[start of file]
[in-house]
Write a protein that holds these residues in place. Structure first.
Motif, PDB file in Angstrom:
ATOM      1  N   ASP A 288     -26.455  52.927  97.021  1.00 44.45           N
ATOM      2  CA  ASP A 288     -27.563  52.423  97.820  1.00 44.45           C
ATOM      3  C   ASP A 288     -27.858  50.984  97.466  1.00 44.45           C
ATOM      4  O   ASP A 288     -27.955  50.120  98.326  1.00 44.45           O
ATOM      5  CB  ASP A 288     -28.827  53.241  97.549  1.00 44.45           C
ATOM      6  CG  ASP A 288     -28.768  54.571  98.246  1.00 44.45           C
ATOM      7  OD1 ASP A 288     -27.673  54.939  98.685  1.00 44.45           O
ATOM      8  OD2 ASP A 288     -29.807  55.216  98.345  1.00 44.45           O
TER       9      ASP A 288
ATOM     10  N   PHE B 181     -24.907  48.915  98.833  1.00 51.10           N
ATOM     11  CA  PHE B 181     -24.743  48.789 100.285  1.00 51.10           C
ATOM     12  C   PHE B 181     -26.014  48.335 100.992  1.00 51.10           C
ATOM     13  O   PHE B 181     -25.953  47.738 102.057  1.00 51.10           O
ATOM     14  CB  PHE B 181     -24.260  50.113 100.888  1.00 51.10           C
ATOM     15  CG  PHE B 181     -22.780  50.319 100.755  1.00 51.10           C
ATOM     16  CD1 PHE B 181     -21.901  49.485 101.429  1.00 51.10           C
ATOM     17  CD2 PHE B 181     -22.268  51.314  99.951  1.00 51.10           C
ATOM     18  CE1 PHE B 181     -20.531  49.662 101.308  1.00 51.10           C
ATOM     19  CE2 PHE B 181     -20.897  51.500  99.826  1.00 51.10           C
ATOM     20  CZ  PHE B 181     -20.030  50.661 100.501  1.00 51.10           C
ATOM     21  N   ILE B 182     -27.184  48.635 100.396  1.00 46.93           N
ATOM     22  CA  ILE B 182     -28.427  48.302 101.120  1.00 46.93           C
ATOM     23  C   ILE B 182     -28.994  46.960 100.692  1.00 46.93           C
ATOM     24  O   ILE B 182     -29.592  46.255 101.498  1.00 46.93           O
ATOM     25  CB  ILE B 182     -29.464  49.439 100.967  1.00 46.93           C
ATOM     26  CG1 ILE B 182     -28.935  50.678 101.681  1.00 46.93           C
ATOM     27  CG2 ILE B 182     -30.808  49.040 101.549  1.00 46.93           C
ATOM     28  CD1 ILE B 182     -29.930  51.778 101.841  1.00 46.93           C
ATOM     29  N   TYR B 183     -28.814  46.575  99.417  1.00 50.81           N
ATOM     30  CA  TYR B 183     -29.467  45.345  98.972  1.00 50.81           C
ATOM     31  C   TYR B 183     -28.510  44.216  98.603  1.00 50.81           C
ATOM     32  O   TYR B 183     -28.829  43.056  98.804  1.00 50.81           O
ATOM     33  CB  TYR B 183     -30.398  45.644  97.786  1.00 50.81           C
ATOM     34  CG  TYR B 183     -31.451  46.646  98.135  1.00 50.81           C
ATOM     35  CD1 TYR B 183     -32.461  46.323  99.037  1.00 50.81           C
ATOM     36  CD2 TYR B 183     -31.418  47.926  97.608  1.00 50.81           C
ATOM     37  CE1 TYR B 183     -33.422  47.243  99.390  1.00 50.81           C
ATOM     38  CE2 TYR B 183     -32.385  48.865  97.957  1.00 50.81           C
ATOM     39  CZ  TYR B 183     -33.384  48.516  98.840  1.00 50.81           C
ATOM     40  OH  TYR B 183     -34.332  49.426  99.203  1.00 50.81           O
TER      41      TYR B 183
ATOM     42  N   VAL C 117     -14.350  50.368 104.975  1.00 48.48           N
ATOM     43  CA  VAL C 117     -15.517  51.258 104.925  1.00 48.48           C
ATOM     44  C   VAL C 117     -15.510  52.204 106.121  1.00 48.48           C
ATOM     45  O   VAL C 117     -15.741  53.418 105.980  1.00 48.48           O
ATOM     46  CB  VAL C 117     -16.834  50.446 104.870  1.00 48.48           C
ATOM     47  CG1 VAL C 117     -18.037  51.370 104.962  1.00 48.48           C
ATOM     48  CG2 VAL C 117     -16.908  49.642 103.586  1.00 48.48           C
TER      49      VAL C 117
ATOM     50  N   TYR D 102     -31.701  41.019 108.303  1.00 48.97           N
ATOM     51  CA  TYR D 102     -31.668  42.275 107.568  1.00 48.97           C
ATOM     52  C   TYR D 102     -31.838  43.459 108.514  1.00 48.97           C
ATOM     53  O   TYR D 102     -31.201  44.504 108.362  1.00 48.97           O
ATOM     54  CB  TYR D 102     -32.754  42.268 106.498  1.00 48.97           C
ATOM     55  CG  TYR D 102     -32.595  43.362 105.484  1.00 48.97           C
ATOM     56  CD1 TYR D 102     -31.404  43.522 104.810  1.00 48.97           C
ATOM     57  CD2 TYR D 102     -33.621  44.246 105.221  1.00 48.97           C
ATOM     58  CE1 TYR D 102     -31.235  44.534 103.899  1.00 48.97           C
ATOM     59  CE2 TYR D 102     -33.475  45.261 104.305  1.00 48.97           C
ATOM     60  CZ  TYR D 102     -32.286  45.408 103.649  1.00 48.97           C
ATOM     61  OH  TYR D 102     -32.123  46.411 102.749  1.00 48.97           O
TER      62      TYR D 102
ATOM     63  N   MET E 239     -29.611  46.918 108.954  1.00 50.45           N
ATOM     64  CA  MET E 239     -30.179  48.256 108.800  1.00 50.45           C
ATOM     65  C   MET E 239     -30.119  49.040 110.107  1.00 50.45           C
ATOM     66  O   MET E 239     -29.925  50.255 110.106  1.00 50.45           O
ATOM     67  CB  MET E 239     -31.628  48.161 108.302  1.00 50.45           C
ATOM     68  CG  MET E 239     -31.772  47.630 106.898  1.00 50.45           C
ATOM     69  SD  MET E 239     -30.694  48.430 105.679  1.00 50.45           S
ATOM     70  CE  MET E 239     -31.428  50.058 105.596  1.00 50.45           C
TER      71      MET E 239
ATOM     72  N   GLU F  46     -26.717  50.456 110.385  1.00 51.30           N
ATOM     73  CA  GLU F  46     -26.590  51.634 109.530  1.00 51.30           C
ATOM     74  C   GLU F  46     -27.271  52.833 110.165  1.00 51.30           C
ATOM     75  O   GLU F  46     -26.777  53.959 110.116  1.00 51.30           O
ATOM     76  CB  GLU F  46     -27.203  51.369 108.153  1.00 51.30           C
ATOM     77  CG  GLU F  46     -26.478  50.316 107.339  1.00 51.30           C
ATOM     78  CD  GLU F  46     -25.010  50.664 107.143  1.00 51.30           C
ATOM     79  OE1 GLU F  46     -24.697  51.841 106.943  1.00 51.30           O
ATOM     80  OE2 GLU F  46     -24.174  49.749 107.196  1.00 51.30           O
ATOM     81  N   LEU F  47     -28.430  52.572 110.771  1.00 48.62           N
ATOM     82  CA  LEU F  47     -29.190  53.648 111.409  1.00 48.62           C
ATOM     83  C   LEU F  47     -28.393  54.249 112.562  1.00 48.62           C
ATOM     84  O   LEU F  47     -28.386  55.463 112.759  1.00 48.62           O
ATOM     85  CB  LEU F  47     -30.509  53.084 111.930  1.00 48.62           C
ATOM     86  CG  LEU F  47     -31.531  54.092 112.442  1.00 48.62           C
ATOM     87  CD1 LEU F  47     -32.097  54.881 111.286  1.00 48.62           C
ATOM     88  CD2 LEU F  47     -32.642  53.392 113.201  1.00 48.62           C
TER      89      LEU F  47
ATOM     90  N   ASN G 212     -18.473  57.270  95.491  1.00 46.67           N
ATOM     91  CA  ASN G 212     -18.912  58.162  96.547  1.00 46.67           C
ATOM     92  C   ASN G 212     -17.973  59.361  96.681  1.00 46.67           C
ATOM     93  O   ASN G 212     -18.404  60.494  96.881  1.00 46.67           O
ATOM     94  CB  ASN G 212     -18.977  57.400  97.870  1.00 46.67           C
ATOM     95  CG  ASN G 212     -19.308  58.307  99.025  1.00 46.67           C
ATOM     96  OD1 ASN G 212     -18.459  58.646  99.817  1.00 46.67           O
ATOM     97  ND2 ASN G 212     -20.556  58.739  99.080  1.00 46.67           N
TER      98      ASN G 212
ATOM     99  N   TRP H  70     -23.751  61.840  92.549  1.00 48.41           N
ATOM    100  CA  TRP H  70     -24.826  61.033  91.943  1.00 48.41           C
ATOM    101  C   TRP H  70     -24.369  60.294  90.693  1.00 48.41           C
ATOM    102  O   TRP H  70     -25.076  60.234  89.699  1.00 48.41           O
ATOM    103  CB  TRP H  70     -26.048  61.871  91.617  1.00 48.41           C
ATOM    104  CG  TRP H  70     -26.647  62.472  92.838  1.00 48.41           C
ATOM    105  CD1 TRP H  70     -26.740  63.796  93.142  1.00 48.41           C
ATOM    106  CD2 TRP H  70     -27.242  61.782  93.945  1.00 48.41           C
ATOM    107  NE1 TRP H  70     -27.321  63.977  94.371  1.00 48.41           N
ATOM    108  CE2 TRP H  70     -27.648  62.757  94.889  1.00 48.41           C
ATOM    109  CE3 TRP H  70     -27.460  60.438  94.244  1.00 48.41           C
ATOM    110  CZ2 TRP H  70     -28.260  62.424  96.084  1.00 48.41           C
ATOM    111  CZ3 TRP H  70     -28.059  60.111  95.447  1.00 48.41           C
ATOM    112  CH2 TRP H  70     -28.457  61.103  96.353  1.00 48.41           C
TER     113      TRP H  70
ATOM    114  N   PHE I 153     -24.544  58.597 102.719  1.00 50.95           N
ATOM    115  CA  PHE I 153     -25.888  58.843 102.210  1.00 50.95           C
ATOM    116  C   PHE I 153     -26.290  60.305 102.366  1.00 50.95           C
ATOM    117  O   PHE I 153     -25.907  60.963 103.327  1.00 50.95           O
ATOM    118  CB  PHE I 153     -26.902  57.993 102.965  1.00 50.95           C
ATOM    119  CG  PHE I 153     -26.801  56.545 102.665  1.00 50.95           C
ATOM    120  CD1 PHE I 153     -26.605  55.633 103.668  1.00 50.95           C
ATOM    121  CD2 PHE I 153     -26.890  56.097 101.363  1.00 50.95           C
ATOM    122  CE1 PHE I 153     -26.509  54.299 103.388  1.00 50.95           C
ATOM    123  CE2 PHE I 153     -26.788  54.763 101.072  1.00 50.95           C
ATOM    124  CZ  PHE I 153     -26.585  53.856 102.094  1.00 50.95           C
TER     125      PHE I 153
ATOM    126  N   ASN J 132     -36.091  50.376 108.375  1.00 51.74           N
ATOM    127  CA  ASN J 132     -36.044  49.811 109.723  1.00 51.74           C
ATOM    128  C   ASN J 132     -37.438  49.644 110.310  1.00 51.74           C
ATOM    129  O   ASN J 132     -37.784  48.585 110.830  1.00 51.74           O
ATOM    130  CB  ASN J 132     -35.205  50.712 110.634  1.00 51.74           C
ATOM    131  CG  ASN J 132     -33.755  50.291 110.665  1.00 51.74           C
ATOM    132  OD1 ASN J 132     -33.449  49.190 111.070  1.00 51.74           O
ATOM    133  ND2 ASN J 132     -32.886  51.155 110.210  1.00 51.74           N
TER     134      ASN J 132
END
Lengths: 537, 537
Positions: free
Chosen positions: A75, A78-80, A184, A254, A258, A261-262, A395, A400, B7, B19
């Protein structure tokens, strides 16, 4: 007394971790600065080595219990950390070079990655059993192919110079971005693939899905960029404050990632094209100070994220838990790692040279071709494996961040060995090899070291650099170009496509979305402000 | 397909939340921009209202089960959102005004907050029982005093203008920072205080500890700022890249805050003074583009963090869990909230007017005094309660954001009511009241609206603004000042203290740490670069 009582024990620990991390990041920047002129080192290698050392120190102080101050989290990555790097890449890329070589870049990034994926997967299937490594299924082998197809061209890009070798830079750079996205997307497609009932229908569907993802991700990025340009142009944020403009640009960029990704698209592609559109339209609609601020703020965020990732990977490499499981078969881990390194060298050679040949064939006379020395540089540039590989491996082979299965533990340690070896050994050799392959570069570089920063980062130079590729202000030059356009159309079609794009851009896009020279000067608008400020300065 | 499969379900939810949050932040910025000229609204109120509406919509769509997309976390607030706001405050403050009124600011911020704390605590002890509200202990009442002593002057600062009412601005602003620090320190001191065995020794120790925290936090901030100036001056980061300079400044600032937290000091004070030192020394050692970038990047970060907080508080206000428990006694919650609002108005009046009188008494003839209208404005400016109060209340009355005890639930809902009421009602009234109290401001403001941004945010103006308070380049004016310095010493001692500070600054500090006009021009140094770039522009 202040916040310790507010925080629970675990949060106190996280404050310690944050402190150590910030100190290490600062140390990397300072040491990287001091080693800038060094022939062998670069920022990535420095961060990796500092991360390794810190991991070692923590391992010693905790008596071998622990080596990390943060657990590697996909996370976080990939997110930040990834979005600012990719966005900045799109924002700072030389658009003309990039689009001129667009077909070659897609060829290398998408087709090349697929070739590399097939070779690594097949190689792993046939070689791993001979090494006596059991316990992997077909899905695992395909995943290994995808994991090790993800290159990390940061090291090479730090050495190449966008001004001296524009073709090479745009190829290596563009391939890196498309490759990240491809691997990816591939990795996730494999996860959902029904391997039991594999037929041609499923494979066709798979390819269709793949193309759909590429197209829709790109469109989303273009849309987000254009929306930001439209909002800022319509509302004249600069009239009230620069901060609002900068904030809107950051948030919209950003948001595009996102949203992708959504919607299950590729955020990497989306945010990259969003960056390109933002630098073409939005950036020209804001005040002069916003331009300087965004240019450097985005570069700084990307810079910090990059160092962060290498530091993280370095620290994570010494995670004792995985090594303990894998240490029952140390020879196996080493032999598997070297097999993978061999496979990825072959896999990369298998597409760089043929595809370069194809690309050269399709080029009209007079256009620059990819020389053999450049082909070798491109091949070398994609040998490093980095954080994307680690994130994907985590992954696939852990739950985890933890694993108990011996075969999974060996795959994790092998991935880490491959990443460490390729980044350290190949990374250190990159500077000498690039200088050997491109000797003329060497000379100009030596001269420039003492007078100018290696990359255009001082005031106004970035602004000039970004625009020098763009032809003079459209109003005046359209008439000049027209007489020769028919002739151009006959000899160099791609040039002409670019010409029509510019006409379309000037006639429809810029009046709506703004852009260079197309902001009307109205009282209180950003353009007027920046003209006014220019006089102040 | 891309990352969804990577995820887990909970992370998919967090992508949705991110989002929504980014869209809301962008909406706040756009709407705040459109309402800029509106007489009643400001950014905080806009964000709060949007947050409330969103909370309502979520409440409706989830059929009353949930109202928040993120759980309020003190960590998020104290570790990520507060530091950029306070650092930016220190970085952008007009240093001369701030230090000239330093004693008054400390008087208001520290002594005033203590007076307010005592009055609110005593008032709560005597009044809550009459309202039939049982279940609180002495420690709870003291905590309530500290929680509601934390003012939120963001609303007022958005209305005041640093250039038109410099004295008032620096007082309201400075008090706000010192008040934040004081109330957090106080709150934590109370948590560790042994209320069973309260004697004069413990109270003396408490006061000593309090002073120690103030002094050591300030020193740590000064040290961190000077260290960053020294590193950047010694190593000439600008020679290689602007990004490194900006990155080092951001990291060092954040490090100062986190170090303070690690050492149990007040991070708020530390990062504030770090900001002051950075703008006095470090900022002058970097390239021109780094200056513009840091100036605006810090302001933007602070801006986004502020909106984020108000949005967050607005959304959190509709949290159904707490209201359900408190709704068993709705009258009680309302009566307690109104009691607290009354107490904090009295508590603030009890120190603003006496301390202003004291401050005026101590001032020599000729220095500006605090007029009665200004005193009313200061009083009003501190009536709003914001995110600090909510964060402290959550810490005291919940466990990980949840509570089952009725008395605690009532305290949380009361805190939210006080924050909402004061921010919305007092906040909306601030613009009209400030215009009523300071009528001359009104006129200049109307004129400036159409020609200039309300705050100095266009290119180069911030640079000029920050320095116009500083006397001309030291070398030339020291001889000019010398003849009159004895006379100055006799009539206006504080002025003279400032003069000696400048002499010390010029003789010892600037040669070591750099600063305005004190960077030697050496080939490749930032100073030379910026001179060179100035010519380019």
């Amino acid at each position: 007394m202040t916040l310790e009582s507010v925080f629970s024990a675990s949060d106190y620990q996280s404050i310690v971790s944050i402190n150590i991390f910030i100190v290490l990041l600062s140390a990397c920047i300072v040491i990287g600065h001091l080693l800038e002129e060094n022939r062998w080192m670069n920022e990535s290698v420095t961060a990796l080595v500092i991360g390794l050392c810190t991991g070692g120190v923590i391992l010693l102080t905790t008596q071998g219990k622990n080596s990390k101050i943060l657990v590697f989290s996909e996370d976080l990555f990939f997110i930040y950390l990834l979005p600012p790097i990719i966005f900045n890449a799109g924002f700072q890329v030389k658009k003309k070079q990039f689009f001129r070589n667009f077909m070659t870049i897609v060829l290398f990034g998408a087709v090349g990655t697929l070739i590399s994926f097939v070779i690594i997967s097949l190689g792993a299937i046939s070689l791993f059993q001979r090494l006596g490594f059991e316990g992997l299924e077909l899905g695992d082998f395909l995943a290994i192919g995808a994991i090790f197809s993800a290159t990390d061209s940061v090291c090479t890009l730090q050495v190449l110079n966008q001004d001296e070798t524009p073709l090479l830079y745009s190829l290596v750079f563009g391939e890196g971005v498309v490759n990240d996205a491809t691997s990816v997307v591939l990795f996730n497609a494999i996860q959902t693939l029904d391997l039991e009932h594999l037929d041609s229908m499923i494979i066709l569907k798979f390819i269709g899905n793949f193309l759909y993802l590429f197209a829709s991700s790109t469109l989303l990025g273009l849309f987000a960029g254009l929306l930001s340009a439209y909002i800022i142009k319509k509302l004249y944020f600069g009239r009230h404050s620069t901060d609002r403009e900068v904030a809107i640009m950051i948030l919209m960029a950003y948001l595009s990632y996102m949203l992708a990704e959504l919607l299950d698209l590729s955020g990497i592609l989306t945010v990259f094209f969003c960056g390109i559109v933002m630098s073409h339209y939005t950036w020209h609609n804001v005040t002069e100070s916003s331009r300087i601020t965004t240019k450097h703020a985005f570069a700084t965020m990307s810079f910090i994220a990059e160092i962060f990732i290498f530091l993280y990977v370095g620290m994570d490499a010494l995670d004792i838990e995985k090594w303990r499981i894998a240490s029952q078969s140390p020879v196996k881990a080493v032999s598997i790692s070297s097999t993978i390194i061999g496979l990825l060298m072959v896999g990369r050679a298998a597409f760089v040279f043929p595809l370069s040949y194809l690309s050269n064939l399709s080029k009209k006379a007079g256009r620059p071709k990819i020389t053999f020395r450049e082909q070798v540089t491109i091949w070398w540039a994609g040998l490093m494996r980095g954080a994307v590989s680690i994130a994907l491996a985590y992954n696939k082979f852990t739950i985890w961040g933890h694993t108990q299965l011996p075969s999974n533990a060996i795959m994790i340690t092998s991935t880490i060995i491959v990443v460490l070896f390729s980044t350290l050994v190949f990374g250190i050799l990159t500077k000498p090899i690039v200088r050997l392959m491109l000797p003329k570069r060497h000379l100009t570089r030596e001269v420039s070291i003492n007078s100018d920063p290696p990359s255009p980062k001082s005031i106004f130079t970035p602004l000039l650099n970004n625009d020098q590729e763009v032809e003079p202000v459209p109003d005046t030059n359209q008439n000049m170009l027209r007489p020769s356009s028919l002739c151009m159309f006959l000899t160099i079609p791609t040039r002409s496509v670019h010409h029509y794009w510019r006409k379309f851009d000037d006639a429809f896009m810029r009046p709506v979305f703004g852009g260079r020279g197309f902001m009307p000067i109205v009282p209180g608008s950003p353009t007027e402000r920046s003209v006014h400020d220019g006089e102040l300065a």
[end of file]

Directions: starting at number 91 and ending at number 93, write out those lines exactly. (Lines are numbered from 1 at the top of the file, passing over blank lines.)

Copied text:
ATOM     88  CD2 LEU F  47     -32.642  53.392 113.201  1.00 48.62           C
TER      89      LEU F  47
ATOM     90  N   ASN G 212     -18.473  57.270  95.491  1.00 46.67           N